News, Vision & Voice for the Advisory Community
Schwab's Clark and TD's Schweiss lead the charge, arriving in D.C. with impassioned advisor missives predicting an 'avalanche of costly regulation'
June 6, 2012 — 5:24 AM UTC by Lisa Shidler
Brooke’s Note: It reminds me of the aphorism about how it’s not the size of the dog in the fight but the size of the fight in the dog. The size of the fight in RIAs is really coming out. It seemed like there was inertia before in this proverbial rag tag army. It may turn out RIAs were steeled all along but were waiting to see the white of their opponents Bachusian eyes. The several comments by advisors at the end of this article really bears that out.
In another sign that the sleeping giant has awakened, hundreds of RIAs have sent harshly worded messages to legislators slamming FINRA and expressing fears that they could lose their businesses because of added costs under proposed legislation. See: Why FINRA’s power grab for RIAs needs to be stopped to avert the death of the profession, Part 1.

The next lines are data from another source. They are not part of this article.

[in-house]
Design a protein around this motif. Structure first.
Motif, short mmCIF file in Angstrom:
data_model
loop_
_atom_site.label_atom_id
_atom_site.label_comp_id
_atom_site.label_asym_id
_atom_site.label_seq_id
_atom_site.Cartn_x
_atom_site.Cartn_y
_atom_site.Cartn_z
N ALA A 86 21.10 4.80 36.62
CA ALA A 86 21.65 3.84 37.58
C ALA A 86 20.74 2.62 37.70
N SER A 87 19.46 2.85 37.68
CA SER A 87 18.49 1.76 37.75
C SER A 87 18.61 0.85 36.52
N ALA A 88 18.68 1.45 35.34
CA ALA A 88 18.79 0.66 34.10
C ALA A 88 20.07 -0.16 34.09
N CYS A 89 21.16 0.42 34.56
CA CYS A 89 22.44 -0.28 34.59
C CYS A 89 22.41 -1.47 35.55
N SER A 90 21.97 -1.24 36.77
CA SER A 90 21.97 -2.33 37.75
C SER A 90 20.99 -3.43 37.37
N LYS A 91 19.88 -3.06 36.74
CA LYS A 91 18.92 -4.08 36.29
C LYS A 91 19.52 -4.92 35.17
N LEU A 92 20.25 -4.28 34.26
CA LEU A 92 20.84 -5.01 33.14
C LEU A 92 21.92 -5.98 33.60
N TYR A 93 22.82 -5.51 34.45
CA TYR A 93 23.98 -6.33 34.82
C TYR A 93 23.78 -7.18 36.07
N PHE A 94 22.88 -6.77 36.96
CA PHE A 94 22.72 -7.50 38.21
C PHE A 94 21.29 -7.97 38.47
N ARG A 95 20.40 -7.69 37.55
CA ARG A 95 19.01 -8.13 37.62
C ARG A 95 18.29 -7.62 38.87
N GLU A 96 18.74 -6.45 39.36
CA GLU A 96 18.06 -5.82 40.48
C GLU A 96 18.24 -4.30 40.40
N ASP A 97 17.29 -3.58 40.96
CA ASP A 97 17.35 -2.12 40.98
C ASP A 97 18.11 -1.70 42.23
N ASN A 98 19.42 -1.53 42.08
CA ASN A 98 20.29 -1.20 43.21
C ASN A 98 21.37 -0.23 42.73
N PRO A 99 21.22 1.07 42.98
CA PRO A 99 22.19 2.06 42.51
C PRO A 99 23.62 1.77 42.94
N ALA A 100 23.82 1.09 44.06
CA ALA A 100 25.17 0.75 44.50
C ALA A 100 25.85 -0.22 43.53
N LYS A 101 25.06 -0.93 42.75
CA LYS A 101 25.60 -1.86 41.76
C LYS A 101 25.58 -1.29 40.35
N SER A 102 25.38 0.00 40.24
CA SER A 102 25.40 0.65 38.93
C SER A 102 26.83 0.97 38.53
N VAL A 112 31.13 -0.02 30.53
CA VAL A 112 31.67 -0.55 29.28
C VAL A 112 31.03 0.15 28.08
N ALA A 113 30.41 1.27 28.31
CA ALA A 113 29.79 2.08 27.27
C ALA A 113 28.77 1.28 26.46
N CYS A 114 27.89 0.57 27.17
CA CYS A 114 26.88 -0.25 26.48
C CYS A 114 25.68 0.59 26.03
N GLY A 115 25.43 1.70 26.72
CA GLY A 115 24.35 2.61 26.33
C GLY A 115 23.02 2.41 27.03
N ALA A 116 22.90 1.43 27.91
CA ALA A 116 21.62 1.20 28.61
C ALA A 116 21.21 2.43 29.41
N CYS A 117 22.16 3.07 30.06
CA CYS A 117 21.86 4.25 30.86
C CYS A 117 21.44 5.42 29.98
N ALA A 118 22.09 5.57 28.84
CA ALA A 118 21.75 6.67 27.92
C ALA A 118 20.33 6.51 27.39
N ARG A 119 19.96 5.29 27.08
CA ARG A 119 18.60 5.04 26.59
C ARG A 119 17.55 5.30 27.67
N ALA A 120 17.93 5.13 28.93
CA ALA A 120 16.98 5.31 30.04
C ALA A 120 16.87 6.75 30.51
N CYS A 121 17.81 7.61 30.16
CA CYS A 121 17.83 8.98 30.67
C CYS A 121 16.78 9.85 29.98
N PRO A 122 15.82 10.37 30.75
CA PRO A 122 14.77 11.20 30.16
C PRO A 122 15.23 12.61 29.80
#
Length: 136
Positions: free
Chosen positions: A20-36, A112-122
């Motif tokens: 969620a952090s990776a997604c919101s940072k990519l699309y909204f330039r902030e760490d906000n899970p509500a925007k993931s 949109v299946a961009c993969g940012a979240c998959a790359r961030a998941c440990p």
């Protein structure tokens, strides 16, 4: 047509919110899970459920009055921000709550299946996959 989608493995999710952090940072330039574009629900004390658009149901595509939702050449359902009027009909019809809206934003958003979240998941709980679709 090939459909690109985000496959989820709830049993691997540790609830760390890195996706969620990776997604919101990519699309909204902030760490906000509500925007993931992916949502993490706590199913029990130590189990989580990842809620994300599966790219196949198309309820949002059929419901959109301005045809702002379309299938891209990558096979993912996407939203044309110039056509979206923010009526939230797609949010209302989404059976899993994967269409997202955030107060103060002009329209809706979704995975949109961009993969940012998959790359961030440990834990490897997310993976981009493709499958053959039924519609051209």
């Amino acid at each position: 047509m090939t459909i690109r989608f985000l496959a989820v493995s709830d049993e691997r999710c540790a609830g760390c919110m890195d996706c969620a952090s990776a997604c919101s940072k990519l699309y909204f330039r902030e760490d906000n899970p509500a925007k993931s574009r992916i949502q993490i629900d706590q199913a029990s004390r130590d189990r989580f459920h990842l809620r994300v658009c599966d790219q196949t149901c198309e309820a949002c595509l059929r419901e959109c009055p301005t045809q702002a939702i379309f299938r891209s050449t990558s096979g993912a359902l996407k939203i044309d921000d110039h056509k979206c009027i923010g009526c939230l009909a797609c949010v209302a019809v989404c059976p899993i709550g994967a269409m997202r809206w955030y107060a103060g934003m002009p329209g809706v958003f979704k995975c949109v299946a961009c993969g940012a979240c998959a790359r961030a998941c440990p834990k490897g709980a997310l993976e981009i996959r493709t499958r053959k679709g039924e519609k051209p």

Bernie Clark, executive vice president of Schwab Advisor Services, and Skip Schweiss, managing director of advisor advocacy and industry affairs at TD Ameritrade, are in Washington this week for today’s meeting of the House Financial Services Committee to weigh the proposed “Investment Oversight Act of 2012” which would pave the way for the Financial Industry Regulatory Authority Inc. to create and run a self-regulatory organization for RIAs. The bill is sponsored by the House panel’s chairman, Rep. Spencer Bachus (R-Ga).See: Bernie Clark and Skip Schweiss head to Washington next week to fight on behalf of RIAs in Bachus bill showdown.